Without realizing it, many Sharing Economy companies are making binding legal claims about the safety of their marketplaces – claims which could come back to haunt them should any of their contractors ever commit crimes while performing a service. So believes Robert Yonowitz, Partner at law firm Fisher & Phillips, LLP.
In fact, at the recent Collaborative Economy conference in San Francisco, Mr. Yonowitz cited example after example of potentially legally binding claims that he found on various Sharing Economy companies’ websites. These include claims such as “screened and trained,” “extensive vetting,” “verified,” “safety is our number one concern,” “peace of mind, guaranteed,” and on and on it went.
That safety and security is such a commonly emphasized theme suggests that the Sharing Economy sector seems to be cognizant about perceived risks in its respective marketplaces, though may not have fully understood all of the potential legal implications of its claims.
Mr. Yonowitz argued that at least some of these companies may have inadvertently created a duty of care, the failure of which could result in negligence claims.
Furthermore, he educated the audience that Sharing Economy companies, under certain conditions, might potentially be accused of negligent referrals through their marketplaces (i.e. a negligent referral may apply if a company provides a favorable reference thereby assuming a legal duty to its clients that it has conducted the proper due diligence to assert that the referred service provider does not pose a risk or danger to its clients.)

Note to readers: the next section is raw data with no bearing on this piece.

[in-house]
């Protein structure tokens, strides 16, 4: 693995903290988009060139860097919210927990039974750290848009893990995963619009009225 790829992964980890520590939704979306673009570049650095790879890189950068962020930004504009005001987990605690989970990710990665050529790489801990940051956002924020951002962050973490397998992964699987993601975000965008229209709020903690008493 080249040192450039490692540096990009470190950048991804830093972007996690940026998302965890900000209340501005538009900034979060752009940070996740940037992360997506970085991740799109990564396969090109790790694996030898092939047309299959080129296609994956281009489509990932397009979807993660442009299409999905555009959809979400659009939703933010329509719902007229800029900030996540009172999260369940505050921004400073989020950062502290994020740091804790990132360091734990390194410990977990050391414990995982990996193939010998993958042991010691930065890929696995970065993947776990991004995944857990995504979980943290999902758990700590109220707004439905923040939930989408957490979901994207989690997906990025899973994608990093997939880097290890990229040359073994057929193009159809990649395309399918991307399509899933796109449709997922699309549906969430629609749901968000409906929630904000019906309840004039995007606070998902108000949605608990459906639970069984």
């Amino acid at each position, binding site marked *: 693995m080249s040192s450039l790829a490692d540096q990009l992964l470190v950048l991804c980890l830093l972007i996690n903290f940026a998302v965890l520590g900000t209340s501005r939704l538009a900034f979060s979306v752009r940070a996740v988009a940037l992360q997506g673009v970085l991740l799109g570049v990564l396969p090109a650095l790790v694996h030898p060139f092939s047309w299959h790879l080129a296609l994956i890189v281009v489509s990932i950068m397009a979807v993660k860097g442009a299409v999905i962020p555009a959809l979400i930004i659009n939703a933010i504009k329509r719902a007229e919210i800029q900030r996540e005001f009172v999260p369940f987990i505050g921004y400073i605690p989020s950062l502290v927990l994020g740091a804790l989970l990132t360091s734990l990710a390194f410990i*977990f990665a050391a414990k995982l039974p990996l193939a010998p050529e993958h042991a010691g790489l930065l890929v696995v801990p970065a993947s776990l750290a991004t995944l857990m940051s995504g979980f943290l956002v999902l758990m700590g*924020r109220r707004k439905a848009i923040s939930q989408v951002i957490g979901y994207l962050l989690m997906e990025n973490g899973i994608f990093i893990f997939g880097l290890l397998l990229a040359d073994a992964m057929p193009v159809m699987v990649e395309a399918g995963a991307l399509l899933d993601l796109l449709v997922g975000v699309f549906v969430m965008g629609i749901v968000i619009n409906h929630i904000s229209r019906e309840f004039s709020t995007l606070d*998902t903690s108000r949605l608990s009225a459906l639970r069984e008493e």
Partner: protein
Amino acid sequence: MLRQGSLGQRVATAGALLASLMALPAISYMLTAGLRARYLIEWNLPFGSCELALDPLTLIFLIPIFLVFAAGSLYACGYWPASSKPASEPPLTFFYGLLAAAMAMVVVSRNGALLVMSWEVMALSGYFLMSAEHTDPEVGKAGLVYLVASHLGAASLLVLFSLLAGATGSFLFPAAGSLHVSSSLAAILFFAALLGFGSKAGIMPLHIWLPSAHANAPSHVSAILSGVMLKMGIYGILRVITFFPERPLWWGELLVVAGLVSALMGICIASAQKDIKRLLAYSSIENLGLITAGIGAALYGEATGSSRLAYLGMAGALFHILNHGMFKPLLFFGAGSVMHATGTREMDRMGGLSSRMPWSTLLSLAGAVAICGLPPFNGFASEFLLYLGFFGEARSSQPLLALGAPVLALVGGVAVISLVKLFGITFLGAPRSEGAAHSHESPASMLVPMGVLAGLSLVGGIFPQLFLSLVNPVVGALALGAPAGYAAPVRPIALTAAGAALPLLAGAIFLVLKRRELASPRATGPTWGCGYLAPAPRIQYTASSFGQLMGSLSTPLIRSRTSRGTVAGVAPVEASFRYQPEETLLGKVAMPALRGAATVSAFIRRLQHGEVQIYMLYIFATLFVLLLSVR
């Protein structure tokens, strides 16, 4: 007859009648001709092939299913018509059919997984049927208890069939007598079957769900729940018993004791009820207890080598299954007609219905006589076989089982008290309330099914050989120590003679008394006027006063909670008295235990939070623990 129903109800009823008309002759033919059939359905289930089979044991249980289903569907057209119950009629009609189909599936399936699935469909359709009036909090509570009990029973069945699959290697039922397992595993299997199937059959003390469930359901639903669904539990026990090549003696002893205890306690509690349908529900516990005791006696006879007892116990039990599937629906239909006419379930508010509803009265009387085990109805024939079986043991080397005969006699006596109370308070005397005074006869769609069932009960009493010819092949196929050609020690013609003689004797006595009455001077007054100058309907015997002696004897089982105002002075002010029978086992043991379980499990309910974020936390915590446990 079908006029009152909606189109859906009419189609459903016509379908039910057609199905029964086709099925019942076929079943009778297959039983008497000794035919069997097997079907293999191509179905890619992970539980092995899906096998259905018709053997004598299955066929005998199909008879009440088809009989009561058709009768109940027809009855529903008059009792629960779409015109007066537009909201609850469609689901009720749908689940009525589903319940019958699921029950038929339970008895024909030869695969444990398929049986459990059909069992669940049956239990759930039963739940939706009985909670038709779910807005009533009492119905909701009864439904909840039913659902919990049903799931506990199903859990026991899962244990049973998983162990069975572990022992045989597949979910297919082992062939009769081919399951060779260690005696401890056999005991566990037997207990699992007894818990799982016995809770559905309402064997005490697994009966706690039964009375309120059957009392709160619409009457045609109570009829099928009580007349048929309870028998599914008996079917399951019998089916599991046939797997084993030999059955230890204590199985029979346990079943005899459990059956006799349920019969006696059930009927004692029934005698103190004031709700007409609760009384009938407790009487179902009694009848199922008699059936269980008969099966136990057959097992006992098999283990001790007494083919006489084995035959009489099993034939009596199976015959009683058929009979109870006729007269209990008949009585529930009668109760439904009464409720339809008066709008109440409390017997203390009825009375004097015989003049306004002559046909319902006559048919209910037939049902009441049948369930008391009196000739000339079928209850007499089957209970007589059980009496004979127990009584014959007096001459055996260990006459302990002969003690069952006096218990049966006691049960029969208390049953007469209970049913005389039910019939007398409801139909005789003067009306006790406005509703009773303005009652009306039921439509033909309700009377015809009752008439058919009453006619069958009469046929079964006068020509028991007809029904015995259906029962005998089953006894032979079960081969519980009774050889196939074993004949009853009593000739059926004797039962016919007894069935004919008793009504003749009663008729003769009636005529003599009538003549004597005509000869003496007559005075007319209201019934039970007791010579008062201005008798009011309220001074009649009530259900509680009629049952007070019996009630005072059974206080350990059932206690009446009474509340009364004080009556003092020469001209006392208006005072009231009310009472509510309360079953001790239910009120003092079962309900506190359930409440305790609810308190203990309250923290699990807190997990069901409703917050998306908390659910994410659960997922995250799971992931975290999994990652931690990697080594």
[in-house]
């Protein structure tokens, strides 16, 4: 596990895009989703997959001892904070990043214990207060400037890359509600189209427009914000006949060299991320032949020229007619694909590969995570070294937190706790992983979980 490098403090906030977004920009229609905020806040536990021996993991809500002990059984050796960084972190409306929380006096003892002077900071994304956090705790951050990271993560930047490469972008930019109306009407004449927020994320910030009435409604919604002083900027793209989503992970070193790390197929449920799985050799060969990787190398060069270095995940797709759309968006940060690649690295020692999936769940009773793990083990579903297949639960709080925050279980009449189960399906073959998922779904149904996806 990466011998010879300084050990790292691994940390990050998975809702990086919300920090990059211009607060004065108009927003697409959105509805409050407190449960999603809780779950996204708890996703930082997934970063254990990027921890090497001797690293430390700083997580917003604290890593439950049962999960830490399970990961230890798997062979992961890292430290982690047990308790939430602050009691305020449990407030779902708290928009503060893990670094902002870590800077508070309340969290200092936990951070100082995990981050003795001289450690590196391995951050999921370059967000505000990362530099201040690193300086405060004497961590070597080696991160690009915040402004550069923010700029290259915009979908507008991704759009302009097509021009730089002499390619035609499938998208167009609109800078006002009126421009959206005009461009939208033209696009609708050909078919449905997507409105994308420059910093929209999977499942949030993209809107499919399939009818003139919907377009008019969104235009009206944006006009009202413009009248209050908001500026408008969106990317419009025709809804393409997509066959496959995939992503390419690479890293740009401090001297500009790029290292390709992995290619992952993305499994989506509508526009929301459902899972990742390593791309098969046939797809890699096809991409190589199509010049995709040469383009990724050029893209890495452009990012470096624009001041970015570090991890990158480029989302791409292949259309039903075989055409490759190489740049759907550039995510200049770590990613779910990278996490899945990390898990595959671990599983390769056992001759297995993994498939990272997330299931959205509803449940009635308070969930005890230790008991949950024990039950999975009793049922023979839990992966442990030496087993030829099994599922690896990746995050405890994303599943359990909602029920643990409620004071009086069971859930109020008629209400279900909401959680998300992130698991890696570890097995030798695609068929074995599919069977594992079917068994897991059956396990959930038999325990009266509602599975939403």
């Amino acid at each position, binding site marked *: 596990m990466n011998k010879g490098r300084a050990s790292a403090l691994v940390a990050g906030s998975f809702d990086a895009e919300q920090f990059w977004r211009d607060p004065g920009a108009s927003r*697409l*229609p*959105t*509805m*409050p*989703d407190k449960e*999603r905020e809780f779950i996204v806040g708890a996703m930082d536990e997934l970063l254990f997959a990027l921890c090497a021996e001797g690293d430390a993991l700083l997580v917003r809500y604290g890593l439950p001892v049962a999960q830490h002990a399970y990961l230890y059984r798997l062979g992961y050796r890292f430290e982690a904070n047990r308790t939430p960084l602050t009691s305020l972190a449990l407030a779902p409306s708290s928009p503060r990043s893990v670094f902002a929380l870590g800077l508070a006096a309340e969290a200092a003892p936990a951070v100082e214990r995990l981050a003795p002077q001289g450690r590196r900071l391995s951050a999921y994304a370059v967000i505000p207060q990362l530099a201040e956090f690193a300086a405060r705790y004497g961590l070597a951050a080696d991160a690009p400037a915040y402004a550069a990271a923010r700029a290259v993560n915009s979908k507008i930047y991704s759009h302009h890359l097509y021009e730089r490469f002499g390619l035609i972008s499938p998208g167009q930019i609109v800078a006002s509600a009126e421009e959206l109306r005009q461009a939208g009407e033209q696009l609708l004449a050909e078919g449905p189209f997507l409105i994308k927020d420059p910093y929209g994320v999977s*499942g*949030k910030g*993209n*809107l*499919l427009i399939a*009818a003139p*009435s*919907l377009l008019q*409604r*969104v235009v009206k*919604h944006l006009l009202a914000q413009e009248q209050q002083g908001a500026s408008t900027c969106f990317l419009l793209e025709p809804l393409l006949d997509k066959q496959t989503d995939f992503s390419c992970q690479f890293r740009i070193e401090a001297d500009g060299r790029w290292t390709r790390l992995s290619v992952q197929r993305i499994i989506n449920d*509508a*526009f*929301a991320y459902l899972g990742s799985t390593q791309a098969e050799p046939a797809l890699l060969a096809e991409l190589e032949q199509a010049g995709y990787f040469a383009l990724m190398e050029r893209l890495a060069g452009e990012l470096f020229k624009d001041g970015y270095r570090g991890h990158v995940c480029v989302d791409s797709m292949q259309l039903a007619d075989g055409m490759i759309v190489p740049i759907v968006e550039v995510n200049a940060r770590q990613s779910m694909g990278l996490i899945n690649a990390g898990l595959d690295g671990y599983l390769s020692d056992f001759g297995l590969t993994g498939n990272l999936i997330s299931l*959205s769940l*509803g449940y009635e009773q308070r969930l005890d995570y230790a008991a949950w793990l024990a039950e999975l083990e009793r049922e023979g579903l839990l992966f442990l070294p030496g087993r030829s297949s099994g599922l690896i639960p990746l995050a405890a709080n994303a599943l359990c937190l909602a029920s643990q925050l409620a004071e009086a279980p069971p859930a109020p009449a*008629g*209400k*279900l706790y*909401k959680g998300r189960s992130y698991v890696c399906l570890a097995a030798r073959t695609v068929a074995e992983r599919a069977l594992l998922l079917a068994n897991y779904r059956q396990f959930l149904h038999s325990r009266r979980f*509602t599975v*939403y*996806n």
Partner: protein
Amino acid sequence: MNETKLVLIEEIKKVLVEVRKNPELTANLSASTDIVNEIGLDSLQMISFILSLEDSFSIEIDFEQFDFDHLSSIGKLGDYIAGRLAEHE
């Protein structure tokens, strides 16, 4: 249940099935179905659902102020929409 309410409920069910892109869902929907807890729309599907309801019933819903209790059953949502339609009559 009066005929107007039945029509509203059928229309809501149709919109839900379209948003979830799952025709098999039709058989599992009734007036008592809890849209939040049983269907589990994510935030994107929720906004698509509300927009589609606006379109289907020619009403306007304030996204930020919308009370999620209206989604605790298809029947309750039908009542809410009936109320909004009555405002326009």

While some of this may sound rather esoteric and nuanced to those of us lacking a formal legal education, the consequences can potentially be severe.
Fortunately, companies can proactively take action to help mitigate some of these risks.
For example, Mr. Yonowitz made a compelling argument for minimizing liability by:
- Conducting thorough background checks,
- Reviewing credit history and civil judgments for financially sensitive positions as legally permissible, and
- Utilizing consistent processes for adjudications, while still providing each candidate with an individualized assessment of their background.
While not all risks can be eliminated, Sharing Economy marketplaces might consider implementing a “layered” approach to risk mitigation.
In addition to building the appropriate policies and internal security controls, background screening of marketplace service providers would be a key component of this strategy.
While some background verifications are a famously complex undertakings involving technical and operational challenges, all while remaining in compliance with regulations stemming in part from the Fair Credit Reporting Act (FCRA) as well as guidance from the Equal Employment Opportunity Commission (EEOC), savvy Sharing Economy clients should engage their legal counsel in a robust discussion regarding the risks posed by negligent referrals against the benefits of background screening.
Free Guide: The Background Checks Primer
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